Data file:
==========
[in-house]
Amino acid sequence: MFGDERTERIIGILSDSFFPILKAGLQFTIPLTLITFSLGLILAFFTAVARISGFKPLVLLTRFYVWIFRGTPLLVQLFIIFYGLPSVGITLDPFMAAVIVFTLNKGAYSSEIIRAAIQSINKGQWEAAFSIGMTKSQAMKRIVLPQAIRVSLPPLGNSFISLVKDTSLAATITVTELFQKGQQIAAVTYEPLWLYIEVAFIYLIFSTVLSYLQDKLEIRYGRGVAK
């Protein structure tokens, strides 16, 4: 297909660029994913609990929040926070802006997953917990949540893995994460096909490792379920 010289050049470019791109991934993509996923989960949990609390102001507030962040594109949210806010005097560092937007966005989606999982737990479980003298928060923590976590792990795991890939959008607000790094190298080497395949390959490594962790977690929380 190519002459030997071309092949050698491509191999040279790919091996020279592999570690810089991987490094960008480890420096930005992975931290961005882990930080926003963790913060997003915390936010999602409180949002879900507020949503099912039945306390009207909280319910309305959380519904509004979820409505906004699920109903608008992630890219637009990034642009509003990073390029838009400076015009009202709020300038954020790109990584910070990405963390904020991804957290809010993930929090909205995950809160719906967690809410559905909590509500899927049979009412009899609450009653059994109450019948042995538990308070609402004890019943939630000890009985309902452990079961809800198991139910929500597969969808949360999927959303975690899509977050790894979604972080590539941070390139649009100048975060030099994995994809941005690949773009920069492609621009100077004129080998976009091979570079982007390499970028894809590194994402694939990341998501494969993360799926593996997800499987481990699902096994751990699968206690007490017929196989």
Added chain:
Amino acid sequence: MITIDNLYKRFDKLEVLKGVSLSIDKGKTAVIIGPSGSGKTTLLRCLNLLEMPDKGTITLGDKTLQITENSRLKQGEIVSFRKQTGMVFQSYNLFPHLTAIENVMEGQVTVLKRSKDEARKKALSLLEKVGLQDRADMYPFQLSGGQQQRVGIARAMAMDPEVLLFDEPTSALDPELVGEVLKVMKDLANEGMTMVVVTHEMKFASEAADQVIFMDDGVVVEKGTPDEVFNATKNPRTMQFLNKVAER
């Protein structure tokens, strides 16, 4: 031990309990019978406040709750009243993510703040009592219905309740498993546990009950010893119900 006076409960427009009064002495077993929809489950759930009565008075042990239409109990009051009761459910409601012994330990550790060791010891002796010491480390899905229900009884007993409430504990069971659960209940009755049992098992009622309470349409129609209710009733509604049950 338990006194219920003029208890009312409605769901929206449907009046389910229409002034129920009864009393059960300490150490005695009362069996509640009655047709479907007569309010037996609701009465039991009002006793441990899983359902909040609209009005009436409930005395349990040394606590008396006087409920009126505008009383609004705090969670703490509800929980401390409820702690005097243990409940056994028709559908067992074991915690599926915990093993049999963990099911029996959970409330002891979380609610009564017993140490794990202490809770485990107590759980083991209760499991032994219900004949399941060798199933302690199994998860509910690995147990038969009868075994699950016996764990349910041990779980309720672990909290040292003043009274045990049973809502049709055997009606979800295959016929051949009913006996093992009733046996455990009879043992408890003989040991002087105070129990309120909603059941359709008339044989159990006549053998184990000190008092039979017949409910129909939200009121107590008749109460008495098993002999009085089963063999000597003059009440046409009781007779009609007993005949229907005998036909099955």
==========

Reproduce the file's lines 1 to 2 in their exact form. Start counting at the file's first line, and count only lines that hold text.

[in-house]
Amino acid sequence: MFGDERTERIIGILSDSFFPILKAGLQFTIPLTLITFSLGLILAFFTAVARISGFKPLVLLTRFYVWIFRGTPLLVQLFIIFYGLPSVGITLDPFMAAVIVFTLNKGAYSSEIIRAAIQSINKGQWEAAFSIGMTKSQAMKRIVLPQAIRVSLPPLGNSFISLVKDTSLAATITVTELFQKGQQIAAVTYEPLWLYIEVAFIYLIFSTVLSYLQDKLEIRYGRGVAK